However, this assumes that the local taxes are the primary factor that determines where companies and organizations locate. Instead, there are a variety of factors that both support and work against staying in their current location. I assume these are important reasons for why Apple, Facebook, Google, and others are in this location: the construction and maintenance of large headquarters, proximity to other like-minded organizations, an talented employee pool nearby, and the proximity to major cities like San Jose and San Francisco. Are local tax issues more important than these other concerns? Probably not. And even if they are, it would take some time before a large organization could significantly alter their operations in response.
Burger King has a new advertising campaign that shows off one particular feature of the purported McMansion backyards of McDonald’s executives:
Each of the company’s newest print ads, designed by an agency called DAVID Miami, claims to show what was once the lavish backyard of a real McDonald’s executive, the kicker being that each yard also appears to contain a grill.
“Flame grilling is hard to resist,” read the words printed over each grilling apparatus, the suggestion being that McDonald’s executives themselves preferred a flame-grilled patty…
AdAge reports that some of the photos were taken from real estate listings, meaning these particular grills may not have necessarily belonged to the “retired McDonald’s director” or “retired McDonald’s president” who may have used those backyards.
The primary emphasis is on the grill, a staple of many an American backyard. American homes and summer has long been associated with a male homeowner taking raw meat to the backyard and cooking it on the grill as the family plays and gathers around.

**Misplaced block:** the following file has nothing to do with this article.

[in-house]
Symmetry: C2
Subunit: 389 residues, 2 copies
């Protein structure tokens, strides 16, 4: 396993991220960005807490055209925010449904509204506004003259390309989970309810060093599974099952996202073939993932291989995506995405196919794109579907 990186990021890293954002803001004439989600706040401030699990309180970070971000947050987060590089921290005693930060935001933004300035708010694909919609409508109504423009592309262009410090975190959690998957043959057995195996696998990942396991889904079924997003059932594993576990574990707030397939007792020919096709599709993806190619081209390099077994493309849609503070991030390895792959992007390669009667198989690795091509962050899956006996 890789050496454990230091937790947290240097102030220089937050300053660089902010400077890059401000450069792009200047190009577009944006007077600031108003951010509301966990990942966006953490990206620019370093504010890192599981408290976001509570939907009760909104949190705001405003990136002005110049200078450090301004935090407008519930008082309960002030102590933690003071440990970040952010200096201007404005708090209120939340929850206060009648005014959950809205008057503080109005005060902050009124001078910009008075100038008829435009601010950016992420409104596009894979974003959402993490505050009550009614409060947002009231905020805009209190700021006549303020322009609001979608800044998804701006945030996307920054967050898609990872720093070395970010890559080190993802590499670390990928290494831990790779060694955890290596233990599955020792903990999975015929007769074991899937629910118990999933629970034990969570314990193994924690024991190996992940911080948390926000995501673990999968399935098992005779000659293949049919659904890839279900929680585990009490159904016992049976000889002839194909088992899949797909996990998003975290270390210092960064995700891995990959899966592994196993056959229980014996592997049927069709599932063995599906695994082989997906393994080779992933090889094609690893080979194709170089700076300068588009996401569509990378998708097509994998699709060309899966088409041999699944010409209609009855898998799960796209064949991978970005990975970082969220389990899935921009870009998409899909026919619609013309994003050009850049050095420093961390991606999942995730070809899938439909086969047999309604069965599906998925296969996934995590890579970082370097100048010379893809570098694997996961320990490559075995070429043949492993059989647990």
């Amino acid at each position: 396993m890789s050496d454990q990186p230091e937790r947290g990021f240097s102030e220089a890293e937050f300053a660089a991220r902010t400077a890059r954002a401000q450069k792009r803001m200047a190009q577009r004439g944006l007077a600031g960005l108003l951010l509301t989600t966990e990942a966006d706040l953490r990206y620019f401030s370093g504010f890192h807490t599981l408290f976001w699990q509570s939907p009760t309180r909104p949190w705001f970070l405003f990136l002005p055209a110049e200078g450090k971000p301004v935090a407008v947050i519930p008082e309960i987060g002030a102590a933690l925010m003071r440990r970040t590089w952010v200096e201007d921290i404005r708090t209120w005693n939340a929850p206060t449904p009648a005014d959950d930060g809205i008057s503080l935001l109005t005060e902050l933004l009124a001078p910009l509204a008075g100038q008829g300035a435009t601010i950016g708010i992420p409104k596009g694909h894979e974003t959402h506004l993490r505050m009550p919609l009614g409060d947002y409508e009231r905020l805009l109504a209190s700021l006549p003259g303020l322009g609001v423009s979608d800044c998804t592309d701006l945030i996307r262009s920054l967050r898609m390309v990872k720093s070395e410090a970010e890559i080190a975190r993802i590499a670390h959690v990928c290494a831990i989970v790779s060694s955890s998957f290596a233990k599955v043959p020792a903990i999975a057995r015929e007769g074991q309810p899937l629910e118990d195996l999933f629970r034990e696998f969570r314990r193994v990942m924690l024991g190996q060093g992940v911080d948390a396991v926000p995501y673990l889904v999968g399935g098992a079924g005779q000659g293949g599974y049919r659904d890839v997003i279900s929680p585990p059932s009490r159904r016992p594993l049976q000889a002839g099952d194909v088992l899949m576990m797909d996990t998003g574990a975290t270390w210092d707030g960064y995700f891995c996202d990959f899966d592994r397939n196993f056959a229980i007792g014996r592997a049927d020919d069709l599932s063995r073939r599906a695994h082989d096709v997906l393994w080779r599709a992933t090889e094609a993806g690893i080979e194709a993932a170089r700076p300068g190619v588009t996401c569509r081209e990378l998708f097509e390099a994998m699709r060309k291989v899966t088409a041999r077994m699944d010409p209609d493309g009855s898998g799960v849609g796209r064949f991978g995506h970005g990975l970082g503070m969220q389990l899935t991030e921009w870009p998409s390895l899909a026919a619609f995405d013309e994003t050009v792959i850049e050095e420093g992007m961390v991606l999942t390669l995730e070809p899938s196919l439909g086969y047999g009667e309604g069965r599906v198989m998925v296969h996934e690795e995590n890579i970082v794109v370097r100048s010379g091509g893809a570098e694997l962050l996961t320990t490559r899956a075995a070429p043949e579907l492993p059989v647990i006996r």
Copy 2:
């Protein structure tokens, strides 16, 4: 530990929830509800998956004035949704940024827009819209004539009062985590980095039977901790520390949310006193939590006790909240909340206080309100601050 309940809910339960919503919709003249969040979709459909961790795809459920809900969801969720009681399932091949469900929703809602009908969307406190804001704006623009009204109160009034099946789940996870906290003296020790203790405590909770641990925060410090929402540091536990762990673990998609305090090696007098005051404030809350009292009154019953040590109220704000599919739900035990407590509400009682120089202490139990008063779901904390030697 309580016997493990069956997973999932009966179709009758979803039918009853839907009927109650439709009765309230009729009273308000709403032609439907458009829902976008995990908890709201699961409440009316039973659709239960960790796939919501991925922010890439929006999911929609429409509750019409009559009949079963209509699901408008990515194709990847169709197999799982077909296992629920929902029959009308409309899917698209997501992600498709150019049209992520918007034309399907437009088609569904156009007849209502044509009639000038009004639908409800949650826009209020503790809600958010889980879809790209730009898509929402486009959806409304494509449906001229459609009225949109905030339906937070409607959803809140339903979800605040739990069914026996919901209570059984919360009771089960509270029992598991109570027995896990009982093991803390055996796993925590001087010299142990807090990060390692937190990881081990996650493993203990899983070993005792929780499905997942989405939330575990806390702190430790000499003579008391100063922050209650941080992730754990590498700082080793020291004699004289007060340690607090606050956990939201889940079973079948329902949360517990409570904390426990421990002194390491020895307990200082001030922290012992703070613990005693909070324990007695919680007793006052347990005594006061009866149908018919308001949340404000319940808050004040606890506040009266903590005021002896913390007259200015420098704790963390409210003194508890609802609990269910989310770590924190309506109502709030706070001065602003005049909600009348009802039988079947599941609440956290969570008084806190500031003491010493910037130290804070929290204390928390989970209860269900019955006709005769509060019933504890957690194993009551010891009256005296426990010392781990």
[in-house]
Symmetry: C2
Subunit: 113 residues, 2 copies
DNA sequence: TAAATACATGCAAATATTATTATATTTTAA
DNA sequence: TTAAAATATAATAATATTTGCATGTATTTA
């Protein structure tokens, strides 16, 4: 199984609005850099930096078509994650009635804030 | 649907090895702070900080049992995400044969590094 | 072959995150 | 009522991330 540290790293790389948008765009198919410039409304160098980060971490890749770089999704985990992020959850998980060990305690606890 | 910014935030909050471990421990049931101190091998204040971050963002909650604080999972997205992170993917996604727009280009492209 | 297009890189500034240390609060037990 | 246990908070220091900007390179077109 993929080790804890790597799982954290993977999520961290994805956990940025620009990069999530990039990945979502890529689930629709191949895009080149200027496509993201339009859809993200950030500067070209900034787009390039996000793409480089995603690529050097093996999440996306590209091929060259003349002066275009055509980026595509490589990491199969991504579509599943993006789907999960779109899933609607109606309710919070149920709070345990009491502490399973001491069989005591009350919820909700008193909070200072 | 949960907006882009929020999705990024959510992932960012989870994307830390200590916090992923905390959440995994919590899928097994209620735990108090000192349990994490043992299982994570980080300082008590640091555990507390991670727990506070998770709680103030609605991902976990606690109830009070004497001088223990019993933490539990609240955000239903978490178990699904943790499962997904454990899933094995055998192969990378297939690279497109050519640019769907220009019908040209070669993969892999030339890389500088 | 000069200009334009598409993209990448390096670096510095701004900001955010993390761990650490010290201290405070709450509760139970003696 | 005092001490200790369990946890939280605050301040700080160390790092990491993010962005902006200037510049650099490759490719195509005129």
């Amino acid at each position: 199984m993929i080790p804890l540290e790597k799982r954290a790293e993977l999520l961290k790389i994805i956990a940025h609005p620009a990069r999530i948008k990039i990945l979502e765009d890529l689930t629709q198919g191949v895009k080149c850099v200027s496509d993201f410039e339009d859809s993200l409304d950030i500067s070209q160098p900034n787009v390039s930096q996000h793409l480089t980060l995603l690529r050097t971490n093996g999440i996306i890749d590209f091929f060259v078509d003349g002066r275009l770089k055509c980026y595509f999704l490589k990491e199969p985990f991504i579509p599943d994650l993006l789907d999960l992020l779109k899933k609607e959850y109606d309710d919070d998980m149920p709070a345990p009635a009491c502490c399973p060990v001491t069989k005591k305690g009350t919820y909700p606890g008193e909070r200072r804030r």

Of course, these are not just any grills or any homes. The news story includes three ad images. The grills look rather long – so they likely have more than four burners – and they have a stainless steel exterior. (In one image, there appears to be a Green Egg next to the stainless steel grill.) Given that these are grills supposedly owned by executives plus they are located at large homes, these are likely expensive grills.
Beyond tying McDonald’s executives to expensive grills, this also connects them to undesirable homes: McMansions. While the purpose of the ads is the grills, these grills are in front of expensive and large homes. But, they are not just mansions – they are McMansions. I’m not sure if there is a larger message here or not: should McDonald’s feel shame about having derided homes named after their restaurants (the Mc- prefix)? (Compared to the fast food of Burger King, this seems like a better pitch for places like Five Guys or Smashburger that would claim to have a more premium burger.) Does this suggest their executives have bad taste? Does this mean Burger King executives have nicer homes?